US4762429 *Apr 9, 1987Aug 9, 1988Citizen Watch Co., Ltd.Electronic clinical thermometer with a battery life warning display
US4910103 *Oct 12, 1988Mar 20, 1990Nippon Molicel Corp.Battery pack for a portable radiotelegraphic unit
JPS6491260A * Title not available
Referenced by
Citing PatentFiling datePublication dateApplicantTitle
US5372898 *Feb 17, 1994Dec 13, 1994The United States Of America As Represented By The Secretary Of The ArmyUniversal inexpensive battery state-of-charge indicator
US5389470 *May 7, 1993Feb 14, 1995Parker; RobertTemperature responsive battery tester
US5460902 *Oct 18, 1993Oct 24, 1995Parker; RobertTemperature responsive battery tester
US5496658 *Jul 25, 1994Mar 5, 1996Exide CorporationStorage battery state-of-charge indicator
US5600231 *Apr 5, 1995Feb 4, 1997Avery Dennison CorporationDevice for testing and refreshing batteries
US5606242 *Oct 4, 1994Feb 25, 1997Duracell, Inc.Smart battery algorithm for reporting battery parameters to an external device
US5610511 *Sep 16, 1994Mar 11, 1997Avery Dennison CorporationTemperature responsive battery tester
US5646508 *Jun 7, 1995Jul 8, 1997Duracell, Inc.Battery pack having a processor controlled battery operating system
US5652502 *Jun 7, 1995Jul 29, 1997Duracell, Inc.Battery pack having a processor controlled battery operating system
US5675235 *Feb 23, 1996Oct 7, 1997Ricoh Company, Ltd.Charging apparatus for controlling supplement of electric current to a rechargeable battery
US5691621 *Jun 7, 1995Nov 25, 1997Duracell, Inc.Battery pack having a processor controlled battery operating system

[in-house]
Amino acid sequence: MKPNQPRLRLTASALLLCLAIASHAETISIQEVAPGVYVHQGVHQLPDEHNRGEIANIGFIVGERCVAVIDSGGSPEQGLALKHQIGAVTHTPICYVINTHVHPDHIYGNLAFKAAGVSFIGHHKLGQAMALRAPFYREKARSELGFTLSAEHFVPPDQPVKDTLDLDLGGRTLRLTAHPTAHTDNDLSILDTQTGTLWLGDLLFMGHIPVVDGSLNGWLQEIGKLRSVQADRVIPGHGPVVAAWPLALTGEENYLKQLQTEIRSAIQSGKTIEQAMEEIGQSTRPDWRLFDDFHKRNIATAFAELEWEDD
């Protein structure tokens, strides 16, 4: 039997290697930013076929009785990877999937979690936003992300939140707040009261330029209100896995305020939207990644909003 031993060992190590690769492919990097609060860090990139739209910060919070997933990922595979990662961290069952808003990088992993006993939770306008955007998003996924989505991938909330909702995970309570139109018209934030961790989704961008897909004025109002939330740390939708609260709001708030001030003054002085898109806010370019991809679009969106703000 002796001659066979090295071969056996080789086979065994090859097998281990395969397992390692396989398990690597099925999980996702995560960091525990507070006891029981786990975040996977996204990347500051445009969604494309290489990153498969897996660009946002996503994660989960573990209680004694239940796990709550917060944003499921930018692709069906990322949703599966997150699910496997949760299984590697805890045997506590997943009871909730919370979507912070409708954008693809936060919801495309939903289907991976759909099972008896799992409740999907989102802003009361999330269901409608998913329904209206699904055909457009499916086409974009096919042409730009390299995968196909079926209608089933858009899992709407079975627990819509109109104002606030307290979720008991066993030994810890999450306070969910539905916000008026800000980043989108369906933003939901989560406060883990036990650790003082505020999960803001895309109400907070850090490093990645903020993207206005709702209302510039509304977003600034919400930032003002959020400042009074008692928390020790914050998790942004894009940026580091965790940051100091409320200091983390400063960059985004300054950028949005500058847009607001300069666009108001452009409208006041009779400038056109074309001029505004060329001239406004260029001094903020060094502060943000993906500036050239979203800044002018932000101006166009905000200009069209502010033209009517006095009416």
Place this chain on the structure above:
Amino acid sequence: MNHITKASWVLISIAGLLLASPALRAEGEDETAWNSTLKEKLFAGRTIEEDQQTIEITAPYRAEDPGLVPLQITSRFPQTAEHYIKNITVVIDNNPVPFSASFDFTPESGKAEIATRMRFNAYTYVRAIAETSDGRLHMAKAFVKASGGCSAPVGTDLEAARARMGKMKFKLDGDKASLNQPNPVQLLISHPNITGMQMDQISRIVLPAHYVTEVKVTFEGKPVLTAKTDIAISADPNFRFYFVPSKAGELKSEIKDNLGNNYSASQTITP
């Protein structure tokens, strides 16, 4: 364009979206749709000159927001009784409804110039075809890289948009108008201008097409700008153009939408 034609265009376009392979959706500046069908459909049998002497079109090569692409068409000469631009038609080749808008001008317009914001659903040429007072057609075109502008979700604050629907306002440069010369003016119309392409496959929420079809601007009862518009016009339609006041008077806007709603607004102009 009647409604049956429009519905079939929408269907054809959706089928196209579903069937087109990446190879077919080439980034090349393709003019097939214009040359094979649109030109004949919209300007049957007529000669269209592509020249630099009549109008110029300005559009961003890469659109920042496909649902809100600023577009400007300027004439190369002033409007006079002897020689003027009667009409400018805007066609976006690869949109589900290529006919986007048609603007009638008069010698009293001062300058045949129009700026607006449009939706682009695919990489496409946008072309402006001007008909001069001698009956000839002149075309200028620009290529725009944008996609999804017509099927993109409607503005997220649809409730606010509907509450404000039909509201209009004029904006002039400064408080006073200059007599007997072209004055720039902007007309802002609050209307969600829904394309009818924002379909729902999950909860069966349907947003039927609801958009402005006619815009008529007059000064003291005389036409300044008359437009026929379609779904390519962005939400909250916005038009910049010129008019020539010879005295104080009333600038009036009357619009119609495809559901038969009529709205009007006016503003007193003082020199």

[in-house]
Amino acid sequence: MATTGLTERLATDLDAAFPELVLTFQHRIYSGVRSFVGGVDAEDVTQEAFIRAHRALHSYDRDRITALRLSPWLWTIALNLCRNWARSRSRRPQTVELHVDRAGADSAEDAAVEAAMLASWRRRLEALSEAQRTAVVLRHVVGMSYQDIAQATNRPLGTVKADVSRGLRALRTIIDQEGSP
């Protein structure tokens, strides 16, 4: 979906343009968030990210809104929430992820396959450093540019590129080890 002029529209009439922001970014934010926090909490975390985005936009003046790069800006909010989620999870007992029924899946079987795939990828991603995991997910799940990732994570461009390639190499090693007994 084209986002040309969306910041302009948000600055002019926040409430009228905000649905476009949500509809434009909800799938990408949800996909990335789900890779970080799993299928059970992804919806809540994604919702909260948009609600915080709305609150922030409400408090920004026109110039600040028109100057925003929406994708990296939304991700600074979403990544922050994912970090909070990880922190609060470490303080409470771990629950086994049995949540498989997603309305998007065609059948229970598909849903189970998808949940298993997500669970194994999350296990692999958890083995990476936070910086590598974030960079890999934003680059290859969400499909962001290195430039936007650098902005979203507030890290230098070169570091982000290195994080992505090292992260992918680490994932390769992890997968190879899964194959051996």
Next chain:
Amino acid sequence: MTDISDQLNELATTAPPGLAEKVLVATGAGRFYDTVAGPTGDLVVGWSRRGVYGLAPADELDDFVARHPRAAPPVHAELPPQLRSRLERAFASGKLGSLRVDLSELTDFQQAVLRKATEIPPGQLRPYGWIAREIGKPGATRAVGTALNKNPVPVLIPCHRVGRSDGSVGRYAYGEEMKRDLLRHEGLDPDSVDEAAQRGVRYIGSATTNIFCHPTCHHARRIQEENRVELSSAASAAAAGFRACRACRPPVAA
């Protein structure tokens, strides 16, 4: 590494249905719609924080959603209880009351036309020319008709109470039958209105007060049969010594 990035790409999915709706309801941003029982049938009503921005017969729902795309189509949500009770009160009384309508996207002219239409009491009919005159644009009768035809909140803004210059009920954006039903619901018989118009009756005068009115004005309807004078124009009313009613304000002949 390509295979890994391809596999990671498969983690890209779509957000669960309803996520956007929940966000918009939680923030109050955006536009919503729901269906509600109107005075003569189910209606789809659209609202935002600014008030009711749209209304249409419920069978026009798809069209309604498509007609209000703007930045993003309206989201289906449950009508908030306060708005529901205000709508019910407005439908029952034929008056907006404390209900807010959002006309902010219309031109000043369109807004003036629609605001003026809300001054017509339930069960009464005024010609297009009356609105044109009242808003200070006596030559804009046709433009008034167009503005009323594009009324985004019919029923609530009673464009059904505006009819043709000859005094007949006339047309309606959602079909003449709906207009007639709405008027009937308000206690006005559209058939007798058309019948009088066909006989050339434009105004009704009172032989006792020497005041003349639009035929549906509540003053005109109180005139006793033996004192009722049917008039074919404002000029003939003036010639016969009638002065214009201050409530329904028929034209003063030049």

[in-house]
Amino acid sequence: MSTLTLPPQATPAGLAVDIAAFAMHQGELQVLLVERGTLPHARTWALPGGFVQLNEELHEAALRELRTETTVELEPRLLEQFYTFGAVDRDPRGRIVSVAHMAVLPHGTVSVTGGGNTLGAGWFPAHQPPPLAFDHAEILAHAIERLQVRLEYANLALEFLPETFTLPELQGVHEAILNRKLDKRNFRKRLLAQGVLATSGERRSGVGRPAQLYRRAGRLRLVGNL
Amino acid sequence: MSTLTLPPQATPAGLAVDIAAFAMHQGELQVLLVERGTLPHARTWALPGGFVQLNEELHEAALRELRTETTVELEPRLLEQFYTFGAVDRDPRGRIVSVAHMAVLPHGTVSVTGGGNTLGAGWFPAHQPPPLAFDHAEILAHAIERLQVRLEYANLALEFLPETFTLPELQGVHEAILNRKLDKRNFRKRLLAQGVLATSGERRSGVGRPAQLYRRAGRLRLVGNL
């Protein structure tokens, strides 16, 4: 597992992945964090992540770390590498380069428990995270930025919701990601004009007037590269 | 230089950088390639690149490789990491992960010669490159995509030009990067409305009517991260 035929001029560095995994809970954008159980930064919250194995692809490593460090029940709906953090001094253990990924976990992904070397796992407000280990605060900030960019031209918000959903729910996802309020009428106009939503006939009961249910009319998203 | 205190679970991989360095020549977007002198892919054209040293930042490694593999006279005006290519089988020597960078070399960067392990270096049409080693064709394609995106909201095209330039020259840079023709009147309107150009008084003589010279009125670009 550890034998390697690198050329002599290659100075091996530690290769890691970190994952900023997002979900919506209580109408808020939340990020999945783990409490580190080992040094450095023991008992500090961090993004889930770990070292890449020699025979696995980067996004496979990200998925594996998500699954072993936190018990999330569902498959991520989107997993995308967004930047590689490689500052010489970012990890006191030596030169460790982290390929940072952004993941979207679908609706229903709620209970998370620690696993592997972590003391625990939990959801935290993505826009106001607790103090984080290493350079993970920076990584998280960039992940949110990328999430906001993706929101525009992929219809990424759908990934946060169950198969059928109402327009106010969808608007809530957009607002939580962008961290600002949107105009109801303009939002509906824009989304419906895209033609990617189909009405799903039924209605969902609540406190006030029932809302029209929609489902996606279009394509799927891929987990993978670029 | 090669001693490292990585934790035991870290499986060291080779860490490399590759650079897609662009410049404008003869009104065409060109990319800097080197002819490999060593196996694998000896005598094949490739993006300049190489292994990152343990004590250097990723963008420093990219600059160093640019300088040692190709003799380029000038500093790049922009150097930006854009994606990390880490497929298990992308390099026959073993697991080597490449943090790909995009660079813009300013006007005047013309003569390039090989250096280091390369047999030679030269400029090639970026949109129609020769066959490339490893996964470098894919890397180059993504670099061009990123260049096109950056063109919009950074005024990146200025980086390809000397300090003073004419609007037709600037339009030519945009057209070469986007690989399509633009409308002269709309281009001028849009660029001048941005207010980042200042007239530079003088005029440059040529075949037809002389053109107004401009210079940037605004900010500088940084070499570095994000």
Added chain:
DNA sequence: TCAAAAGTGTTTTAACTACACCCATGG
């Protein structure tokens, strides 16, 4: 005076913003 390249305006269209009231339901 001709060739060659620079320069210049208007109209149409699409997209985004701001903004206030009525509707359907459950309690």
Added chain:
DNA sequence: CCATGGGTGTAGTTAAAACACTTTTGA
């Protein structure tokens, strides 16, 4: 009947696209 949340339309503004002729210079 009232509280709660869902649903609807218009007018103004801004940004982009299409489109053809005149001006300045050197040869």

US5694293 *Sep 27, 1995Dec 2, 1997Kabushiki Kaisha ToshibaPortable electronic apparatus having a unit which generates heat while operating and a housing containing the unit, the unit supported by a holder on a circuit board and a connector support member
US5710501 *Jun 7, 1995Jan 20, 1998Duracell, Inc.Battery pack having a processor controlled battery operating system
US5764029 *Dec 30, 1996Jun 9, 1998Coyle; TimPortable rechargeable battery adaptor assembly
US5789899 *Nov 15, 1996Aug 4, 1998Van Phuoc; DuongSmart battery system with an A/D converter that converts both positive and negative analog input signals
US5796239 *Apr 2, 1997Aug 18, 1998Van Phuoc; DuongBattery pack having a processor controlled battery operating system
US5825174 *Dec 19, 1996Oct 20, 1998Robert ParkerDevice for measuring the voltage of a voltage source
US5880576 *Feb 21, 1997Mar 9, 1999Ricoh Company, Ltd.Charging apparatus for controlling supplement of electric current to a rechargeable battery
US5895440 *Dec 23, 1996Apr 20, 1999Cruising Equipment Company, Inc.Battery monitor and cycle status indicator
US5898290 *Sep 6, 1996Apr 27, 1999Norand CorporationBattery pack with capacity and pre-removal indicators
US6051957 *Oct 21, 1998Apr 18, 2000Duracell Inc.Battery pack having a state of charge indicator
US6074775 *Apr 2, 1998Jun 13, 2000The Procter & Gamble CompanyBattery having a built-in controller
US6118248 *Apr 2, 1998Sep 12, 2000The Procter & Gamble CompanyBattery having a built-in controller to extend battery service run time
US6163131 *Apr 2, 1998Dec 19, 2000The Procter & Gamble CompanyBattery having a built-in controller
US6181102Nov 13, 1998Jan 30, 2001Agilent Technologies, Inc.Battery pack chemistry detection and identification system and method